Leaders of Indonesia's religious groups are calling on members of their respective faiths to exercise voting rights in the country's upcoming elections and to help ensure they are free, fair and transparent.
The leaders spoke at a January 22nd forum in Jakarta organised by the Election Supervisory Committee (Bawaslu), Indonesia's electoral watchdog.
"With our vote, we determine our country's future," one of the panellists, Christian leader Antonius Benny Susetyo, told Khabar Southeast Asia. "We need to be careful. We want to support transparency in the democratic system we have."
Humanist and religious leader Ahmad Sobary said citizens help build a better society by voting.
"Participation in elections is essential because, without this process, the establishment of justice in society will not be realised," Ahmad told Khabar.
Andrew A. Yewangoe, chairman of the Communion of Churches in Indonesia (PGI), encouraged fellow Christians to go to the polls April 9th, when Indonesians will vote in national and regional legislative elections, and on July 9th, when they will vote for a new president.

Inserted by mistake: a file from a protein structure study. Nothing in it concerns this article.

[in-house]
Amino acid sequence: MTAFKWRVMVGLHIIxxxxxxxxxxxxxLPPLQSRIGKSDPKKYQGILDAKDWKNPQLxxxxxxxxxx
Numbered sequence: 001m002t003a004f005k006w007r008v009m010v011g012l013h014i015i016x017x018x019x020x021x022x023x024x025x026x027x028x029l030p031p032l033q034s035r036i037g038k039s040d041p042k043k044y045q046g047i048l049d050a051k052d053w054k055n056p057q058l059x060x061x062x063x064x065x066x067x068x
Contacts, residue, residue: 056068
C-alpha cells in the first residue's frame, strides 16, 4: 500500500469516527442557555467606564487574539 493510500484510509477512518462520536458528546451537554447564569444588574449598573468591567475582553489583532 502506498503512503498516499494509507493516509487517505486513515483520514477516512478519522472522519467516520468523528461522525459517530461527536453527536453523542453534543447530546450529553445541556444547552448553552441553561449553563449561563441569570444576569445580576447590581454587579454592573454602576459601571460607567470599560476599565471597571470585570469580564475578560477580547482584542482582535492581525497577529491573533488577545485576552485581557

"Do not waste your vote; choose with your hope," he said.
Ensuring fair elections
Nyoman Udayana, central executive secretary of the Hindu Association in Indonesia, said his group would mobilise volunteers to help monitor the elections.
"Our religious leaders have agreed to hold meetings and socialisations for this upcoming election," Udayana told Khabar. The religious leaders also called on civil society groups to help Bawaslu watch over voting at the community level on the polling days.
"It is the people's responsibility to monitor elections closely to consolidate democracy," State Islamic University (UIN) Rector Syarif Hidayatullah said. "In addition to faith-based organisations, campuses are also invited to engage in surveillance."
Hopes for a pluralist leader
Indonesians expect that the future leader will be aware of the nation's cultural diversity, racial and religious differences, and modern political customs.
However, according to Muslim scholar Syafi'i Ma'arif, many social groups still are hostile to religious pluralism.
It is important to understand the concept of pluralism and to maintain it especially because Indonesia is so diverse, he said, noting that the country has more than 300 ethnic groups and 665 languages.
"Choose a pluralist leader in the 2014 elections," said Syafi'i, founder of the Ma'arif Institute for Culture and Humanity. "Hopefully in the 2014 elections, we will find a genuine and pluralist figure."